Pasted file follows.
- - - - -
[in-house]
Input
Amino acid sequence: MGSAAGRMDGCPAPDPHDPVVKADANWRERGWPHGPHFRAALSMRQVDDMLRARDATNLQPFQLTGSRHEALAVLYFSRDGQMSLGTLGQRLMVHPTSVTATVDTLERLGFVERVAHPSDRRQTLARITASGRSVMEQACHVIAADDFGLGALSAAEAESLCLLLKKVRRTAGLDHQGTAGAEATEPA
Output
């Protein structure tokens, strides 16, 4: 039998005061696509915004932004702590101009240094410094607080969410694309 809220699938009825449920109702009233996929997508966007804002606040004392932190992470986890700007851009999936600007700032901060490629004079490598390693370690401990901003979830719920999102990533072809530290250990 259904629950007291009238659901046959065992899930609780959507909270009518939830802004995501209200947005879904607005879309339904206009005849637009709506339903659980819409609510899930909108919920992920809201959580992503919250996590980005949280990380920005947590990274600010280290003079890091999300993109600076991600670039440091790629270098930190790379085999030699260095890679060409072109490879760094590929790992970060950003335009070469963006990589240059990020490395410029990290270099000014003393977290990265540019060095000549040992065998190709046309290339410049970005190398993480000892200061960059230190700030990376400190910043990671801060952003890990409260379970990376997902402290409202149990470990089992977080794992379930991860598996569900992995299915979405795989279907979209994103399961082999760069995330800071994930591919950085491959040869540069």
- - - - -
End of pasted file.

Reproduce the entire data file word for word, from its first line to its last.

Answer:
[in-house]
Input
Amino acid sequence: MGSAAGRMDGCPAPDPHDPVVKADANWRERGWPHGPHFRAALSMRQVDDMLRARDATNLQPFQLTGSRHEALAVLYFSRDGQMSLGTLGQRLMVHPTSVTATVDTLERLGFVERVAHPSDRRQTLARITASGRSVMEQACHVIAADDFGLGALSAAEAESLCLLLKKVRRTAGLDHQGTAGAEATEPA
Output
């Protein structure tokens, strides 16, 4: 039998005061696509915004932004702590101009240094410094607080969410694309 809220699938009825449920109702009233996929997508966007804002606040004392932190992470986890700007851009999936600007700032901060490629004079490598390693370690401990901003979830719920999102990533072809530290250990 259904629950007291009238659901046959065992899930609780959507909270009518939830802004995501209200947005879904607005879309339904206009005849637009709506339903659980819409609510899930909108919920992920809201959580992503919250996590980005949280990380920005947590990274600010280290003079890091999300993109600076991600670039440091790629270098930190790379085999030699260095890679060409072109490879760094590929790992970060950003335009070469963006990589240059990020490395410029990290270099000014003393977290990265540019060095000549040992065998190709046309290339410049970005190398993480000892200061960059230190700030990376400190910043990671801060952003890990409260379970990376997902402290409202149990470990089992977080794992379930991860598996569900992995299915979405795989279907979209994103399961082999760069995330800071994930591919950085491959040869540069």